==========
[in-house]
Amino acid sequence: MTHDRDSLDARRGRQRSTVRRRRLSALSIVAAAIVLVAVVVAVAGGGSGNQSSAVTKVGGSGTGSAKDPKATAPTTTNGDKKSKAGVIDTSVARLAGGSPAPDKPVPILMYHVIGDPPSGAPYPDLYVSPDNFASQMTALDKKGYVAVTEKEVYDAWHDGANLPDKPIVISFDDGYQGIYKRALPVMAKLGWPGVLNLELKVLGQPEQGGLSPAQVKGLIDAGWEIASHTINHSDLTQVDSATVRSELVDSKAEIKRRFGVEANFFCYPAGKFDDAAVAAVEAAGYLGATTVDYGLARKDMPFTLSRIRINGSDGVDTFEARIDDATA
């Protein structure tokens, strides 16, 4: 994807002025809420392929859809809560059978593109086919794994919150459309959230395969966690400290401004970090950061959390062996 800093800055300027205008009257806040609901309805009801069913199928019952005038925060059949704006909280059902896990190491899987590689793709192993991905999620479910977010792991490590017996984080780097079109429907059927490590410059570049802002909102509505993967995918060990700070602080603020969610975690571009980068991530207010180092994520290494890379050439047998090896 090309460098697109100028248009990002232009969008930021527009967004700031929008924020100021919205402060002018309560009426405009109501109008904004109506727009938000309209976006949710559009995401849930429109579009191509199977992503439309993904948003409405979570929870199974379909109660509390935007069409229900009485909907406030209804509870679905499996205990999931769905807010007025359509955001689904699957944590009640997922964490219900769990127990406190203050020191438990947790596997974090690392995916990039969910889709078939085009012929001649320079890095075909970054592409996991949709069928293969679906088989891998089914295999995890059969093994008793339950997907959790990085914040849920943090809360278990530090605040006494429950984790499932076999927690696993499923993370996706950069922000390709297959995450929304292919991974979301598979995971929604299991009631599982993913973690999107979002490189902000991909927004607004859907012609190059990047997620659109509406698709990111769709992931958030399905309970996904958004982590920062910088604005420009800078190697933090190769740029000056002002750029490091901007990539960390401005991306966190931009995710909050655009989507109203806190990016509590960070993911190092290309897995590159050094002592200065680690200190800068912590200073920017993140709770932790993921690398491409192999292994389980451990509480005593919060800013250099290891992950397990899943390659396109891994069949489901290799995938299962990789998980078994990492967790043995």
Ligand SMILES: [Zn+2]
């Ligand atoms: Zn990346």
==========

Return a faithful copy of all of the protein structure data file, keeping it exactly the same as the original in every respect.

[in-house]
Amino acid sequence: MTHDRDSLDARRGRQRSTVRRRRLSALSIVAAAIVLVAVVVAVAGGGSGNQSSAVTKVGGSGTGSAKDPKATAPTTTNGDKKSKAGVIDTSVARLAGGSPAPDKPVPILMYHVIGDPPSGAPYPDLYVSPDNFASQMTALDKKGYVAVTEKEVYDAWHDGANLPDKPIVISFDDGYQGIYKRALPVMAKLGWPGVLNLELKVLGQPEQGGLSPAQVKGLIDAGWEIASHTINHSDLTQVDSATVRSELVDSKAEIKRRFGVEANFFCYPAGKFDDAAVAAVEAAGYLGATTVDYGLARKDMPFTLSRIRINGSDGVDTFEARIDDATA
């Protein structure tokens, strides 16, 4: 994807002025809420392929859809809560059978593109086919794994919150459309959230395969966690400290401004970090950061959390062996 800093800055300027205008009257806040609901309805009801069913199928019952005038925060059949704006909280059902896990190491899987590689793709192993991905999620479910977010792991490590017996984080780097079109429907059927490590410059570049802002909102509505993967995918060990700070602080603020969610975690571009980068991530207010180092994520290494890379050439047998090896 090309460098697109100028248009990002232009969008930021527009967004700031929008924020100021919205402060002018309560009426405009109501109008904004109506727009938000309209976006949710559009995401849930429109579009191509199977992503439309993904948003409405979570929870199974379909109660509390935007069409229900009485909907406030209804509870679905499996205990999931769905807010007025359509955001689904699957944590009640997922964490219900769990127990406190203050020191438990947790596997974090690392995916990039969910889709078939085009012929001649320079890095075909970054592409996991949709069928293969679906088989891998089914295999995890059969093994008793339950997907959790990085914040849920943090809360278990530090605040006494429950984790499932076999927690696993499923993370996706950069922000390709297959995450929304292919991974979301598979995971929604299991009631599982993913973690999107979002490189902000991909927004607004859907012609190059990047997620659109509406698709990111769709992931958030399905309970996904958004982590920062910088604005420009800078190697933090190769740029000056002002750029490091901007990539960390401005991306966190931009995710909050655009989507109203806190990016509590960070993911190092290309897995590159050094002592200065680690200190800068912590200073920017993140709770932790993921690398491409192999292994389980451990509480005593919060800013250099290891992950397990899943390659396109891994069949489901290799995938299962990789998980078994990492967790043995």
Ligand SMILES: [Zn+2]
């Ligand atoms: Zn990346």